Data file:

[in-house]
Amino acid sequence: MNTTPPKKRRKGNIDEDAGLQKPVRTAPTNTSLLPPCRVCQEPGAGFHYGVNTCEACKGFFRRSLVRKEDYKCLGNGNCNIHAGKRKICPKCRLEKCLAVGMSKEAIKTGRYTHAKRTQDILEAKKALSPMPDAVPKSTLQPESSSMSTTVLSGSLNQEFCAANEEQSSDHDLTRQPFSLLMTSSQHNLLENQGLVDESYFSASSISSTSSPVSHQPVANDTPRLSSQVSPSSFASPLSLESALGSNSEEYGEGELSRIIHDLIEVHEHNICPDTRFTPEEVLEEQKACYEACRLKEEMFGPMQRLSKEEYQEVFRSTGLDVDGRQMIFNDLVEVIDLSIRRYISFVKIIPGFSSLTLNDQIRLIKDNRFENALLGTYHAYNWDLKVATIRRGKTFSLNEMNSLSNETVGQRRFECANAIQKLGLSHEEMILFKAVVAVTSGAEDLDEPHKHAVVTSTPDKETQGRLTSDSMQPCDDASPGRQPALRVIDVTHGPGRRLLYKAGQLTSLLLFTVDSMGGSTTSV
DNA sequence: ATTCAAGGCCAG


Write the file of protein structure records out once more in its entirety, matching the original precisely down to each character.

[in-house]
Amino acid sequence: MNTTPPKKRRKGNIDEDAGLQKPVRTAPTNTSLLPPCRVCQEPGAGFHYGVNTCEACKGFFRRSLVRKEDYKCLGNGNCNIHAGKRKICPKCRLEKCLAVGMSKEAIKTGRYTHAKRTQDILEAKKALSPMPDAVPKSTLQPESSSMSTTVLSGSLNQEFCAANEEQSSDHDLTRQPFSLLMTSSQHNLLENQGLVDESYFSASSISSTSSPVSHQPVANDTPRLSSQVSPSSFASPLSLESALGSNSEEYGEGELSRIIHDLIEVHEHNICPDTRFTPEEVLEEQKACYEACRLKEEMFGPMQRLSKEEYQEVFRSTGLDVDGRQMIFNDLVEVIDLSIRRYISFVKIIPGFSSLTLNDQIRLIKDNRFENALLGTYHAYNWDLKVATIRRGKTFSLNEMNSLSNETVGQRRFECANAIQKLGLSHEEMILFKAVVAVTSGAEDLDEPHKHAVVTSTPDKETQGRLTSDSMQPCDDASPGRQPALRVIDVTHGPGRRLLYKAGQLTSLLLFTVDSMGGSTTSV
DNA sequence: ATTCAAGGCCAG